I was checking out at Staples with my new purchase of a spiral notebook. The checker scanned the barcode and I started to swipe my credit card.
“Wait a minute,” she said. “Don’t swipe it yet.” Time passed.
“Okay, go ahead.”
After I swiped the card, she said, “Can you read me the four-digit security code on the front of the card.”
I read it to her. More time passed. “Can I see the card please?” she said.
“I thought this was supposed to be easy.”
“It is easy.”
Along with my Staples receipt, I was given a coupon for 40 percent off a different, more expensive brand of notebook. I had actually looked at the other brand of notebook when I was in the store, but didn’t think it was worth the extra cost. If I’d had the coupon at the time, I might have used it to buy the more expensive brand.
The coupon expires in three weeks. I’m not going to need another notebook in the next three weeks. What’s the use of giving me a coupon for a notebook when I just bought a notebook?
When I was a child, I spoke as a child, I understood as a child, I thought as a child: but when I became a man, I put away childish things. — I Corinthians 13:11
Best-educated moms are also more likely to ‘opt out,’ research finds
Opt out of what?
It turns out “opt out” means opt out of the workforce. How is a mom staying home and raising her kids considered “opting out”?
The TPMS warning light on my car dashboard is lit up, which, according to the owner’s manual, indicates a malfunction in the Tire Pressure Monitoring System, a system designed to alert me, via a different warning light, when the tire pressure gets too low.
It’s a completely unnecessary system to begin with because I can monitor the tire pressure myself, as drivers have done since the invention of the automobile.
Let’s add a completely unnecessary new system so when it breaks, the owner will have to pay to fix it.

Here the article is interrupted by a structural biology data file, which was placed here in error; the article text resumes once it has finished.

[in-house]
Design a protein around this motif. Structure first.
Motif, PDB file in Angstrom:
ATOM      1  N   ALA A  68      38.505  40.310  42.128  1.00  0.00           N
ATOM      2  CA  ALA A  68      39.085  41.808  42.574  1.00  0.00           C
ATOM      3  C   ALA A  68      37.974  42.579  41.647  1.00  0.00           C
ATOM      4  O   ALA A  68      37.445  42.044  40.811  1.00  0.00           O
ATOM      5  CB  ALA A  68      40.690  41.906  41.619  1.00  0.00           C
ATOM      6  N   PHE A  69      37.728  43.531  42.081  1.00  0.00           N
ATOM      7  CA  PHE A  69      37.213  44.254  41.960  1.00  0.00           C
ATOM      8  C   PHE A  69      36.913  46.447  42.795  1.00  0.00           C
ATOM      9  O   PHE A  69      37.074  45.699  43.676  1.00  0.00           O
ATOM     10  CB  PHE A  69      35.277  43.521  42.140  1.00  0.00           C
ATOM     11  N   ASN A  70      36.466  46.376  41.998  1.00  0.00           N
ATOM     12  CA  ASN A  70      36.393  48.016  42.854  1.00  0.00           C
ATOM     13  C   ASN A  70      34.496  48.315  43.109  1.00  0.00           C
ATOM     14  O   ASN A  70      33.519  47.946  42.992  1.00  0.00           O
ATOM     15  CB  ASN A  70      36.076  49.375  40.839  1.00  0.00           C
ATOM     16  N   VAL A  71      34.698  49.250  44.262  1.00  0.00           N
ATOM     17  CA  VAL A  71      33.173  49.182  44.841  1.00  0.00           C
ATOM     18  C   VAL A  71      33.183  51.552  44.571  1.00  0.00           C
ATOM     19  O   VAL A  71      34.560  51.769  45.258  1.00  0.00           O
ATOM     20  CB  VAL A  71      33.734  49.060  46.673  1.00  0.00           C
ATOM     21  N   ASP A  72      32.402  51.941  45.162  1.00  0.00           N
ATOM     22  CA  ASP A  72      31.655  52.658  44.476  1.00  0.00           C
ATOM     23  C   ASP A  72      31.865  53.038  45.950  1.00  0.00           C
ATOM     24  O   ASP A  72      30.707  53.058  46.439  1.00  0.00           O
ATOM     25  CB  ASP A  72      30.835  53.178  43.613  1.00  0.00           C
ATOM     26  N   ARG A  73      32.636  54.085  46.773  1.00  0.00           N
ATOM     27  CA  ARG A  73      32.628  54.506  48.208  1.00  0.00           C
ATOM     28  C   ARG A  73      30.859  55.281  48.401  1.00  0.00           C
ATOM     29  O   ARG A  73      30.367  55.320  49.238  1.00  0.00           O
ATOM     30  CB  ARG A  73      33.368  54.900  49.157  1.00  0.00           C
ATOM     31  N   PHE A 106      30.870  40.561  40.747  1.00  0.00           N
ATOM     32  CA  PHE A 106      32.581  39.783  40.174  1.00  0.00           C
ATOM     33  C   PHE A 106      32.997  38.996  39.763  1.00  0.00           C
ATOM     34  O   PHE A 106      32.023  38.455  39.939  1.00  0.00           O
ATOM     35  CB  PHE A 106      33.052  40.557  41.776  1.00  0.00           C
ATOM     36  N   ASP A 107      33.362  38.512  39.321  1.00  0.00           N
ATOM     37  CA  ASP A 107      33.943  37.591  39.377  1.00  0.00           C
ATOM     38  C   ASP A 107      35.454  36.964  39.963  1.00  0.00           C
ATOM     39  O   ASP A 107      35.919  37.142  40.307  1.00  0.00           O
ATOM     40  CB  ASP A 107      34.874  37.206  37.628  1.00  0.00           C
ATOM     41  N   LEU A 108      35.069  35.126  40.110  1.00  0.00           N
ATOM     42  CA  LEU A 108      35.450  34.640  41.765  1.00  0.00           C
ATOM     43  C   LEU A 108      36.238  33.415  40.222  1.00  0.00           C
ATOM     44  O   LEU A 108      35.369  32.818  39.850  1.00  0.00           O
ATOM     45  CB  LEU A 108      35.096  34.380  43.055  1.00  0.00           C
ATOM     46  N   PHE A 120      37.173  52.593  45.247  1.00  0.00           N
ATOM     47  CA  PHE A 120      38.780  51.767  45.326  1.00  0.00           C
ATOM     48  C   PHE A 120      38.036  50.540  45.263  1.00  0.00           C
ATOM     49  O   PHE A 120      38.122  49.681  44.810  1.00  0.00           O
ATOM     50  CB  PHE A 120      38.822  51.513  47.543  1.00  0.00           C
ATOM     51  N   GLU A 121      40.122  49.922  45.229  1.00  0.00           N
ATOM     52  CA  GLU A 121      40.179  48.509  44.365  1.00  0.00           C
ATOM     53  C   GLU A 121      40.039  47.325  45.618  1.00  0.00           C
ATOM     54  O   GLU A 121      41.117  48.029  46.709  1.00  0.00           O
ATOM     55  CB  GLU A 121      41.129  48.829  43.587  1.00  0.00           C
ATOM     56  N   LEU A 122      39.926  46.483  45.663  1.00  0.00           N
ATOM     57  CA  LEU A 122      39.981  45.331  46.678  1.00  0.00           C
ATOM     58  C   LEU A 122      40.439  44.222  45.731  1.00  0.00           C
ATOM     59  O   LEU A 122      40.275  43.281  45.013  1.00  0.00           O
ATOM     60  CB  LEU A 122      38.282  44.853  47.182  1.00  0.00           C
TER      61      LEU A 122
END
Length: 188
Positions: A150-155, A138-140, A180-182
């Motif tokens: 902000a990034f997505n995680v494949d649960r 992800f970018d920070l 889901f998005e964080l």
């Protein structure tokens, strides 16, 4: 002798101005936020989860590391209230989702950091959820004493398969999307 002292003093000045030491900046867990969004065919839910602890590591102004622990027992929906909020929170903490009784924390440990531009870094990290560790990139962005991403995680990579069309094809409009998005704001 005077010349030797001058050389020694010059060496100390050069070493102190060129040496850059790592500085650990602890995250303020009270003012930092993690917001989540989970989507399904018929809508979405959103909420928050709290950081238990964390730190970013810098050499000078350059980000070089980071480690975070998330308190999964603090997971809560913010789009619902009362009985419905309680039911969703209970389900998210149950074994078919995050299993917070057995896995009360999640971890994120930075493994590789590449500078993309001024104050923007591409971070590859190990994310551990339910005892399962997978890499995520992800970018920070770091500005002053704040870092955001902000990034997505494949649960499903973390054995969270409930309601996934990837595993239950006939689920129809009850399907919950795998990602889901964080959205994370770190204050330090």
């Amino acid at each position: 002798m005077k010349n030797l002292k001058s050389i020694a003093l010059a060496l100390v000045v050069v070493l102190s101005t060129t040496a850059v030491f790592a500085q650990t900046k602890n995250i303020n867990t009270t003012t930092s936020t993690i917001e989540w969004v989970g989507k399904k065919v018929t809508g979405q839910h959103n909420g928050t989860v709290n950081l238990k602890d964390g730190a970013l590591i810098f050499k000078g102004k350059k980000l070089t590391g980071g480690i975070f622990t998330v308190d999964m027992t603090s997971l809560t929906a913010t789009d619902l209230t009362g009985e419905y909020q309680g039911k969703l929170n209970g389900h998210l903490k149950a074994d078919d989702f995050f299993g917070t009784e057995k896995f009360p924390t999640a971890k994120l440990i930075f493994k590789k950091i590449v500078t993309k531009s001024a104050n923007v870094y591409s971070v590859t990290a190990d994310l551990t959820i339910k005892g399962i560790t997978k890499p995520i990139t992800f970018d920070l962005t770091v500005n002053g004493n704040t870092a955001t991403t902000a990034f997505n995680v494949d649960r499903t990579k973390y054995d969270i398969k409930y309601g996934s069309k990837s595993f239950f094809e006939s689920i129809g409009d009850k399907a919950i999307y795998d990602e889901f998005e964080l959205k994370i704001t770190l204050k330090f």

Can I just ignore the warning light? I don’t know. The worst-case scenario is that the TPMS not only breaks but creates a domino effect that knocks out a critical system that I actually need.
Toilers in software development can draw their own analogies . . .
Thus spoke The Programmer.
everything is permitted
absolute freedom of movement
that is, without leaving the cage
2+2 doesn’t make 4:
once it made 4 but
today nothing is known in this regard
Q: How do bananas get downstairs?
A: They slide down the bananaster.
Look at this — before Jackie Robinson, they didn’t let black guys play major league baseball!
Right . . . that was 70 years ago, in the 1940s. Let’s move on already.
You know what else they did in the 1940s? They rounded up Japanese Americans, just took them right out of their homes and their jobs, and stuck them into “relocation camps.”
When’s the last time you heard a Japanese person talk about relocation camps? They don’t talk about relocation camps because they’re too busy being engineers and doctors and businessmen and raising their families and sending their kids to top universities.
You can focus your mind on what other people did a long time ago or you can focus your mind on what you’re doing right now.
Let’s move on already.
Footnote: We’ve come full circle on blacks in baseball. The defending World Series champion San Francisco Giants don’t have a single black player on their current roster (although some of the Latin players are pretty dark). Black men can play baseball if they want to but they don’t want to.
Food trucks have always been the dining option of last resort — “roach coaches” we called them. Now food trucks are considered fashionable cuisine. People actually make an effort to find them and eat from them.
Whoever’s in charge of brand management for the food truck industry has got to be a genius.
My wife asks how my job is going . . .
“I’m hittin’ home runs like Willie Mays!” I reply. “You know Willie Mays?”
“I’m hittin’ home runs like Mark McGwire!”
“I know Jackie Robinson.”
“Jackie Robinson didn’t hit a lot of home runs.”